Three of my players joined forces to escape a town overrun with monsters in the last Dungeons and Dragons 5th edition quest. The rules were mostly smooth sailing with only one question about elves trance. In this blog I will talk about the quest of the Burning Church and the lack of clarity on trance rules.
Lucy and Thomas’s characters met up, one an elf druid the other a human paladin, on their way to figure out why a church in a remote town had burnt down. The same time Genesha (my GM controlled bard half-elf) and Matt’s character, a gnome fighter, were in a wagon heading to the same church for medical aid. The two parties ran into each other when both heard a scream in the woods and went to aid the poor soul whom had made the shriek. It was not until they got there that they realized it was a banshee and two harpies.
In a daring bout of courage, Matt’s character flew off for aid while the paladin barely kept himself and the elf alive. After the fight the two groups combined for safety. There wagon got stuck in an ooze trail across the road and all of the party was a little on edge from all the monster yells and howls they were hearing from the forest around them.
Once arriving in town, they found many villagers walking around outside, but these villagers did not seem normal. They all had pale skin, dark circles under their eyes as if they had not slept, and would not respond to any kind of stimulus, much like a zombie. While the players were freaked out, they continued on their quest.
The elf and paladin were surprised to find a church had been rebuilt in the ashes of the old, and Genesha and the gnome were surprised it was not the church they were looking for. The person running the church was a normal human without the zombie like behavior and appearance of the other, which immediately rose suspicion. This suspicion went further when the paladin found that the priest knew absolutely nothing true about the god he claimed to be worshiping and that the priest was blissfully unaware of the zombie like people outside.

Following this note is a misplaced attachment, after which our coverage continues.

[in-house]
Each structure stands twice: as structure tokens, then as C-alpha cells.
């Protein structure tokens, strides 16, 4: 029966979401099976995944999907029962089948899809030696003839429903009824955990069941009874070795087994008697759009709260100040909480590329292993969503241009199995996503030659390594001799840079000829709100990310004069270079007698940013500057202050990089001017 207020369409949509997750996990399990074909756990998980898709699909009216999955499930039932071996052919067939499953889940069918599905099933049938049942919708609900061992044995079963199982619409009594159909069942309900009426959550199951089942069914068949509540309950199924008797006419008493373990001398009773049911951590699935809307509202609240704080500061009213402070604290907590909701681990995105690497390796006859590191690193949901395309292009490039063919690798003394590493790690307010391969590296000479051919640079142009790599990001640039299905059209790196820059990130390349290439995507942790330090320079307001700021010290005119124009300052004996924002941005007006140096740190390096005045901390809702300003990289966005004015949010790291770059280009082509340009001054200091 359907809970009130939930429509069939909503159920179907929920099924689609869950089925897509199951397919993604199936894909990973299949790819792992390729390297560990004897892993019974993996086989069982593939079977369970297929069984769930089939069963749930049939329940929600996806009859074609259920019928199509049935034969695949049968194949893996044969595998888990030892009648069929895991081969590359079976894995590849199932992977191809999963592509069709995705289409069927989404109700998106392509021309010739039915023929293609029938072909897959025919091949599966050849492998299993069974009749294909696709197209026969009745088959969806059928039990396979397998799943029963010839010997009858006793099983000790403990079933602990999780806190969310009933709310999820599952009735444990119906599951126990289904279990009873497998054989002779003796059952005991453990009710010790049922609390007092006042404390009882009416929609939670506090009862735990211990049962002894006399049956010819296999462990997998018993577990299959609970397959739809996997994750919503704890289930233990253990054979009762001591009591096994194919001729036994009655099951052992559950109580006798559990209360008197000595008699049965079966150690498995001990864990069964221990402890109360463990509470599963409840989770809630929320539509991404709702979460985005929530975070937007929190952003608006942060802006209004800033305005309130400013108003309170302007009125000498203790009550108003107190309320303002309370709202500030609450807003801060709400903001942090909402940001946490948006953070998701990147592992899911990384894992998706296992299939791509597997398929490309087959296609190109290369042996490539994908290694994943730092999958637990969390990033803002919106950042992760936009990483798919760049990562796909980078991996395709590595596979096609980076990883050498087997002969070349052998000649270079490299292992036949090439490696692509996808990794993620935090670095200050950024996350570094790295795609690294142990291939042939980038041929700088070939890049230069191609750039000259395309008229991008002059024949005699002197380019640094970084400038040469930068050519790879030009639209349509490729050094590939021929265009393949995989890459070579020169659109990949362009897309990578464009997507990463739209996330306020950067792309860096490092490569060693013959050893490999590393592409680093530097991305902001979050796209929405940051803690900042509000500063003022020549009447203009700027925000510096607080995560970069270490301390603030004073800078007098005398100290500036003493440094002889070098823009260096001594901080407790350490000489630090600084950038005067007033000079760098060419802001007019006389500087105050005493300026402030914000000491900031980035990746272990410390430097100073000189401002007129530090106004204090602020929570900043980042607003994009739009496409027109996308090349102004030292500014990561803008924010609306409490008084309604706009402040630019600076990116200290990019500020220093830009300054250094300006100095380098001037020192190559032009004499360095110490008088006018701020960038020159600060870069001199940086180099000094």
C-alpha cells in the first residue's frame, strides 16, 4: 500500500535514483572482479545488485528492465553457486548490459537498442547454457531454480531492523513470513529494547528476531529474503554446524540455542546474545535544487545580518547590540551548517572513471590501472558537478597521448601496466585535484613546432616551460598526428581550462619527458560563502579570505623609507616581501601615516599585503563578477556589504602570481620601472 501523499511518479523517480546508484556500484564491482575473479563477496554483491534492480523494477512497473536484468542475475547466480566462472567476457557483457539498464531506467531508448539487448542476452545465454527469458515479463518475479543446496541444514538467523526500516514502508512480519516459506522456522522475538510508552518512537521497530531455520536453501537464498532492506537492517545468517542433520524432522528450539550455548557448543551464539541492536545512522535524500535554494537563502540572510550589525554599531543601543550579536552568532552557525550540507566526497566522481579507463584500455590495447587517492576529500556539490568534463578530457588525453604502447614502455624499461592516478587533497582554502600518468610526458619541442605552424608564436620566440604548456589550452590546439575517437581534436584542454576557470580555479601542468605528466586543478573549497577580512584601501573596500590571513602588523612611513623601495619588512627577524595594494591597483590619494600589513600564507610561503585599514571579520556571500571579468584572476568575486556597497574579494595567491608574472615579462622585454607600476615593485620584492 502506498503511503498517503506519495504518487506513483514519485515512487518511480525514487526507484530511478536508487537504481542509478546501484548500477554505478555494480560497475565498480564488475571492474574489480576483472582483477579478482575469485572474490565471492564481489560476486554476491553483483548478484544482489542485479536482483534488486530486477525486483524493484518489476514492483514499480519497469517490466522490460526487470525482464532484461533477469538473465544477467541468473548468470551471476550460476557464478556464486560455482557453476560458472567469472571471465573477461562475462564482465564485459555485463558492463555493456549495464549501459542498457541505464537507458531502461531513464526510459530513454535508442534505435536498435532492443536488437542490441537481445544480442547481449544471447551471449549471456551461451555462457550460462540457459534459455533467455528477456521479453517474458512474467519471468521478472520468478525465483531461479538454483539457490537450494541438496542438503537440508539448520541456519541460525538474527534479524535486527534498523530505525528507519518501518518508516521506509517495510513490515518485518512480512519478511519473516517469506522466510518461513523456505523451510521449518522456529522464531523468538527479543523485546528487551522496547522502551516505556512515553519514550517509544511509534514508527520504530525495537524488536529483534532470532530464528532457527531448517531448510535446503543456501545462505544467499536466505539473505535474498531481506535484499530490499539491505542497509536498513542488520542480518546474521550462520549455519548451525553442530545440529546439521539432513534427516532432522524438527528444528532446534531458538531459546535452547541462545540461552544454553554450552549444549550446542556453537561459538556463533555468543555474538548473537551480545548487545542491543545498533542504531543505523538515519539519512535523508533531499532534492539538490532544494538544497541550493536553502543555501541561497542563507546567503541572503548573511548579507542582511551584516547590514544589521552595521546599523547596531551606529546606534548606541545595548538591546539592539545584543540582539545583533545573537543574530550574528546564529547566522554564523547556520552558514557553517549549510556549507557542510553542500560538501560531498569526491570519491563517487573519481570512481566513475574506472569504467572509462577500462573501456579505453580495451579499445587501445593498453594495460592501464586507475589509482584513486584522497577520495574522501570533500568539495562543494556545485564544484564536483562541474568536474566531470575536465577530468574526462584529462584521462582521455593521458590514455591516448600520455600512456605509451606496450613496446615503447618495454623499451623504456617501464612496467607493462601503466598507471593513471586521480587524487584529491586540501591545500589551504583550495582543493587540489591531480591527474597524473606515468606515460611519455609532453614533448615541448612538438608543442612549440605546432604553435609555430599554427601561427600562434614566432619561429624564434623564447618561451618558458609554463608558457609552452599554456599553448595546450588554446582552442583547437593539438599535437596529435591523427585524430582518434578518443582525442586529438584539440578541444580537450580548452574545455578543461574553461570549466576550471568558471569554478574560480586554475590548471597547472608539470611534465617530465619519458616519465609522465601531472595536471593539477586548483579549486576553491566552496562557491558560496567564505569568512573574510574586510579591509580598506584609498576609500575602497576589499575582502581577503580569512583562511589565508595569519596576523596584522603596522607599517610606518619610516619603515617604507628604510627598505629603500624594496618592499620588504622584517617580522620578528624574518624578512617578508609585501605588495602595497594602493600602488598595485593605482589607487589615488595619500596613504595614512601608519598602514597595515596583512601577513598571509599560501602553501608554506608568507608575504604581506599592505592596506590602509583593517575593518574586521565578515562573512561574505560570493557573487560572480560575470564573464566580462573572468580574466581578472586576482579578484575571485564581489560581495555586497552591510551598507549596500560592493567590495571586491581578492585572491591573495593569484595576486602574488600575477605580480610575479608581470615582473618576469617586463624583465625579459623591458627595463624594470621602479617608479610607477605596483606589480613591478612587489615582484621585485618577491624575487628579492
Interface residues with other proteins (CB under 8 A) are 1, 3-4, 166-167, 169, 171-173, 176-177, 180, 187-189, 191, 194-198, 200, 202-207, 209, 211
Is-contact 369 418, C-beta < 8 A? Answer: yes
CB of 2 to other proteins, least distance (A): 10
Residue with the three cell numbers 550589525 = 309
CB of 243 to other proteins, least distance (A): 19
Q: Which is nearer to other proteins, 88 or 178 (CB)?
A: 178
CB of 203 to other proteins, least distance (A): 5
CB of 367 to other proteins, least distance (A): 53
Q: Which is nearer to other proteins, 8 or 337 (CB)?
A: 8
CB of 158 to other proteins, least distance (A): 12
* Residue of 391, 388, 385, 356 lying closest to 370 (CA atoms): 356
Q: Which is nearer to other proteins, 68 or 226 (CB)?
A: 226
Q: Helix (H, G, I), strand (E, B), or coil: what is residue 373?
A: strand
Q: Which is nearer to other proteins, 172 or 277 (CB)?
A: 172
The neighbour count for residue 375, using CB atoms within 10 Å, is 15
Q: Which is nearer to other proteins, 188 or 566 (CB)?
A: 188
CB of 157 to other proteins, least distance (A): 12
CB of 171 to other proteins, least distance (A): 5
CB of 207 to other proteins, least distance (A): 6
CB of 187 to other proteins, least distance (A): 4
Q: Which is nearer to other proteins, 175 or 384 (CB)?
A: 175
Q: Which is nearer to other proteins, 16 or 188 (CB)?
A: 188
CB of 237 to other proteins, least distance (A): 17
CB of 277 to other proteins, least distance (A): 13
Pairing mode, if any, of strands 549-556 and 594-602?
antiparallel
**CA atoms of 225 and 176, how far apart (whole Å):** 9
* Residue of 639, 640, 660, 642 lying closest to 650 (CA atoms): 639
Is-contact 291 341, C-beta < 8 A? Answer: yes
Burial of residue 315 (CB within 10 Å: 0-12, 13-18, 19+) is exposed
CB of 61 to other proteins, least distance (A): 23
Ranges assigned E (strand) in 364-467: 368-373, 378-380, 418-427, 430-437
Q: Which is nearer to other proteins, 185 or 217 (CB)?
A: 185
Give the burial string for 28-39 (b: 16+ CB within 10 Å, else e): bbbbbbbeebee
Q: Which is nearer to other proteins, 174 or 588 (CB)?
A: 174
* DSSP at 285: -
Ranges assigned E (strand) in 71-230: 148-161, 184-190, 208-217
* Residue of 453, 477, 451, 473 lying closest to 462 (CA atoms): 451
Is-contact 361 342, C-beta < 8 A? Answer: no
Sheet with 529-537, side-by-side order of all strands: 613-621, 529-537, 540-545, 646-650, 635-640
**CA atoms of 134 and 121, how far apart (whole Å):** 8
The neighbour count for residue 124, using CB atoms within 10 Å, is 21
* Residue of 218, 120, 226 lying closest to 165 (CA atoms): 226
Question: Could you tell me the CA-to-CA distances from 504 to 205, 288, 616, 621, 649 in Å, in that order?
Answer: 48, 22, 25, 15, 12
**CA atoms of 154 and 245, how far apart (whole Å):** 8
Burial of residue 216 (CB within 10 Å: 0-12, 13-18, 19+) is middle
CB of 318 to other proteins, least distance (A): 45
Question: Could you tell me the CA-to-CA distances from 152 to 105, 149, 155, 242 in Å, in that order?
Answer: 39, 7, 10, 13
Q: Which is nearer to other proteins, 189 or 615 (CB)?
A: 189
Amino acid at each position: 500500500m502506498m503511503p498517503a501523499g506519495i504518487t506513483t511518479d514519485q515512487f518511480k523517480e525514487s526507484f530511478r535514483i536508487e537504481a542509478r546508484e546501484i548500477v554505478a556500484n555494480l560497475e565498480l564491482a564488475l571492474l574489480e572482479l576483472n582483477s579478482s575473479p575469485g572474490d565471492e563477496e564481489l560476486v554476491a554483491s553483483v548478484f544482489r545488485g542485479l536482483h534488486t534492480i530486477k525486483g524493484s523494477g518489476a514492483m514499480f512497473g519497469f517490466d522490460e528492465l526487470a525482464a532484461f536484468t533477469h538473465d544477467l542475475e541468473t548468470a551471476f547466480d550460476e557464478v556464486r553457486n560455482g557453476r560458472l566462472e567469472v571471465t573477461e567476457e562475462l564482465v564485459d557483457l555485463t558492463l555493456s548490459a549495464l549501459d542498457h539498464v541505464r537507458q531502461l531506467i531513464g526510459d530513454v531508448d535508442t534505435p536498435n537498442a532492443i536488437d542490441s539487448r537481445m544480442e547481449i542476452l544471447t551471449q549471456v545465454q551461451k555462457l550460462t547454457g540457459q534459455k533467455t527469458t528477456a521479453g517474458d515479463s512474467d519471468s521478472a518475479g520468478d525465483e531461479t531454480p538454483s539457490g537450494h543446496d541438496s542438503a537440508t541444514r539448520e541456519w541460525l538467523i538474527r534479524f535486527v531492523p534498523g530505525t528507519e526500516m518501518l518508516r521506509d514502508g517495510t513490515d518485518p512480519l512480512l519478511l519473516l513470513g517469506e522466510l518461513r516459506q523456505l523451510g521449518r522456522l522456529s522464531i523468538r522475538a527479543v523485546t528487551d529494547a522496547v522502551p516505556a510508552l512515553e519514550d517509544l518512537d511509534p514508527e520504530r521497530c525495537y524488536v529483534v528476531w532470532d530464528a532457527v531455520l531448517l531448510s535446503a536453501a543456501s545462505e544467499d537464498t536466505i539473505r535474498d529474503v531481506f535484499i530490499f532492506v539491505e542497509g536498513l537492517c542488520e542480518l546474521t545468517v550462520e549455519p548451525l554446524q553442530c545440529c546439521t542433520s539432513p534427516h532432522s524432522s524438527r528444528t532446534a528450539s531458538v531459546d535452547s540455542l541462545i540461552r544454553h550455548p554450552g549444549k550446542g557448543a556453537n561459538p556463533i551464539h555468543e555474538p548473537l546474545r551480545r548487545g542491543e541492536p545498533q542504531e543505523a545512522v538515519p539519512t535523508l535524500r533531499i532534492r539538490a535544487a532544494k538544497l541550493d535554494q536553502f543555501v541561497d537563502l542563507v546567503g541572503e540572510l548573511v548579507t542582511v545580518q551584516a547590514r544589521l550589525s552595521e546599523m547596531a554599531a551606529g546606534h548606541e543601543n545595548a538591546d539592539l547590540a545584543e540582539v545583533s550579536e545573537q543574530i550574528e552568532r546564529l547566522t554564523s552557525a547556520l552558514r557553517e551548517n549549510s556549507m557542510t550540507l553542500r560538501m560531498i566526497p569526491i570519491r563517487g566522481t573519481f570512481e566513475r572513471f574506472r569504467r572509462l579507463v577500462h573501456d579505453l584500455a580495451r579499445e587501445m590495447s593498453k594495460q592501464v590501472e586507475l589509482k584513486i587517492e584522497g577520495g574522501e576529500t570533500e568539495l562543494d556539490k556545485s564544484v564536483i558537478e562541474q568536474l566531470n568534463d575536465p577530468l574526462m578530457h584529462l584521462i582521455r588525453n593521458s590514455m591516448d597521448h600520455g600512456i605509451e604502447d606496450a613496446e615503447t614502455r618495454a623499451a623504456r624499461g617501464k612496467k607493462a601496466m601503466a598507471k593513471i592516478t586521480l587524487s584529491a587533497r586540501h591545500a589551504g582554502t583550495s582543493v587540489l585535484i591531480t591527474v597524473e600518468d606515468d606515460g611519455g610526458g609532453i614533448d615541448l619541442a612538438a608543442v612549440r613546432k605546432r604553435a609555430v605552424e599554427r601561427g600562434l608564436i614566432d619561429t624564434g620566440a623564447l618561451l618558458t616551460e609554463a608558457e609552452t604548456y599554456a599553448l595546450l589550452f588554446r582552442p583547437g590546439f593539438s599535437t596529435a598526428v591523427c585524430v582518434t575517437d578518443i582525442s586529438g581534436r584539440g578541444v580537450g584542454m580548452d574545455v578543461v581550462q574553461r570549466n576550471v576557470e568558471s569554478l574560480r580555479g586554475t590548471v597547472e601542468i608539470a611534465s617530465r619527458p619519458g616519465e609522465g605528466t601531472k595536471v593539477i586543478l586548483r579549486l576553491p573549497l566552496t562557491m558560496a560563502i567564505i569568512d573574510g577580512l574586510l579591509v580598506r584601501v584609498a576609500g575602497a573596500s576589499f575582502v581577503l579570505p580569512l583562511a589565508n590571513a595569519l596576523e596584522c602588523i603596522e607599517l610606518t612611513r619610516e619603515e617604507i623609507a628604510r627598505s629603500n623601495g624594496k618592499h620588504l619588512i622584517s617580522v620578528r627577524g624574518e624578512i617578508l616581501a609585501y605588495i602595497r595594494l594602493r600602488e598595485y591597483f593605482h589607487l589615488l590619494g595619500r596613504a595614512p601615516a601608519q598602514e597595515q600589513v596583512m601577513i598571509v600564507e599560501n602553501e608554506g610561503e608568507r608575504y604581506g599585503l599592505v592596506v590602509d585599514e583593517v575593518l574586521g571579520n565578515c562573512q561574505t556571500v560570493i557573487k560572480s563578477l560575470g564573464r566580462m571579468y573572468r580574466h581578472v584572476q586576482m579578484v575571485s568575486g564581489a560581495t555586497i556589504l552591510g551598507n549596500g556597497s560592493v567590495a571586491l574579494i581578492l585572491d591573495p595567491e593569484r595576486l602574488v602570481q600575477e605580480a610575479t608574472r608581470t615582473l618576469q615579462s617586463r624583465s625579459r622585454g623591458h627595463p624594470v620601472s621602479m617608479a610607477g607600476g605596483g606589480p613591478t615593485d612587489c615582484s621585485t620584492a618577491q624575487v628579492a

Leaving, they went to the local inn where the response-less inn keeper stood at the desk. After taking the keys they spent the night. The question arose about trance, if trance, a special ability of elves that make it so they meditate for four hours instead of sleeping, was equivalent to a long rest. The book reads that “After resting in this way, you may gain the same benefits that a human does from 8 hours of sleep.” So although it says nothing about long rest, logic would show that sleeping 8 hours gives a human a long rest, therefore a trance having the same benefits of 8 hours of sleep would also be a long rest. But because it never explicitly states if trance can be counted as a long rest, it might instead mean you just gain benefits of sleeping (which removes and prevents exhaustion levels).
In the end we ended up deciding it could count as a long rest, although most people online disagree with this ruling. We decided this because the elf was not abusing trance and was only using the extra hours to read books.
After their sleep they went through a montage of scenes where they went to collect a rare plant that might wake the people out of their zombie states, ran into a gorgon whom was a protector of the woods and worried about all the monsters that were appearing in the woods, did some exploring of the town, went to a twilight service at the church where all the zombie people attended. At this twilight church service they realized the priest was under an illusion. All the people dropped dead, and the town was swarming in monsters with the party locked in the church. They found hordes of black gems that made them feel despair when touched. They escaped from the church, Matt with his cloak of wings, Lucy turning into an elf and rampaging through the town with Thomas’s Paladin on her back.
Next adventure will be with the other half of the group, Peter, Mason, and Max whose characters were all sent to the Dark Citadel, a slaving capital, to meet with a barkeep named Eyesore.